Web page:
But I didn’t come here to follow the story of a world renowned terrorist. I have come to find a people who are now part of Jordan’s fascinating multi-ethnic population, a people whose homeland in the snowy mountains I have visited – but yet I would never thought about meeting again in the semi-desert towns of Jordan.
Hajj, the annual Islamic pilgrimage to Mecca, is the mandatory religious duty a Muslim must perform at least once in their lifetime. For centuries, the Attabukiyah, the 1,300 km long Syrian Hajj Road linking Damascus to Mecca was the main thoroughfare.
In the old days Hajj didn’t only have a religious implication; it also expanded the possibilities of science, commerce and politics in the Islamic world. Hajj pilgrims would have carried with them the exotic goods from home to pay their way, others bore the latest concepts and ideas - the essentials of the intellectual life of the Islamic World. This would in turn inspire Muslim advances in mathematics, optics, astronomy, navigation, transportation, geography, education, medicine, finance, culture and even politics.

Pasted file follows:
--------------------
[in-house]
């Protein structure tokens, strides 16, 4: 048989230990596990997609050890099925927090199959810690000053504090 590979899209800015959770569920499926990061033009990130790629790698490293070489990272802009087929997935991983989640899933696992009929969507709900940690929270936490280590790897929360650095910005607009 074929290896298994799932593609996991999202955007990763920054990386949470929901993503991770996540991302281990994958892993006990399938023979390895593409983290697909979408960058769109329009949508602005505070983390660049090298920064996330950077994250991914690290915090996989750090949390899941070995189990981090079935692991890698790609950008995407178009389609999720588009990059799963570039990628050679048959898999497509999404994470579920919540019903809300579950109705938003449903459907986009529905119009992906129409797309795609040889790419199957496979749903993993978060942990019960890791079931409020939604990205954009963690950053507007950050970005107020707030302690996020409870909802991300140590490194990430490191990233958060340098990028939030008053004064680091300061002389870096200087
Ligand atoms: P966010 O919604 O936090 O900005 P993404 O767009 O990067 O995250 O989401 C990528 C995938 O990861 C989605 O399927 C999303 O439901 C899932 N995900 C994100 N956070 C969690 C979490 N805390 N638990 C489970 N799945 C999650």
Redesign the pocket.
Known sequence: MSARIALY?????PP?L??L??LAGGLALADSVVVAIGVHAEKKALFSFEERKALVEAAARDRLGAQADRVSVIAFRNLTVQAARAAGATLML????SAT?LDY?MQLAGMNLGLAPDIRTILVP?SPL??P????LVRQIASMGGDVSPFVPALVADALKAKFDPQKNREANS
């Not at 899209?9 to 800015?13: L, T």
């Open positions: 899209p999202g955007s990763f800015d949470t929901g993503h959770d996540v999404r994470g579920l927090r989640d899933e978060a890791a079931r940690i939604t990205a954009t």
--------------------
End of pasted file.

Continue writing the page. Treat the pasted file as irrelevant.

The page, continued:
The Attabukiyah was by and large Arabia’s own ‘Silk Road’.
'Pilgrims going to Mecca' (1861) by French painter Léon Belly (1827-1877). It depicts the column of pilgrims' caravan on Hajj towards Mecca. Notice the different clothings, including a pilgrim in his white Chokha, the long cloak with front-breasted pockets for bullets, native to the Caucasian mountains.
In the 16th century, Arabia became part of the Ottoman Empire’s possession, and so did the organisation of Hajj. Under the leadership of the Emir al-Hajj, the ‘Commander of the Pilgrims’, caravan of Muslim pilgrims once stretched across miles of hostile desert, following the very road that Mohammed would have used in his early years as a merchant.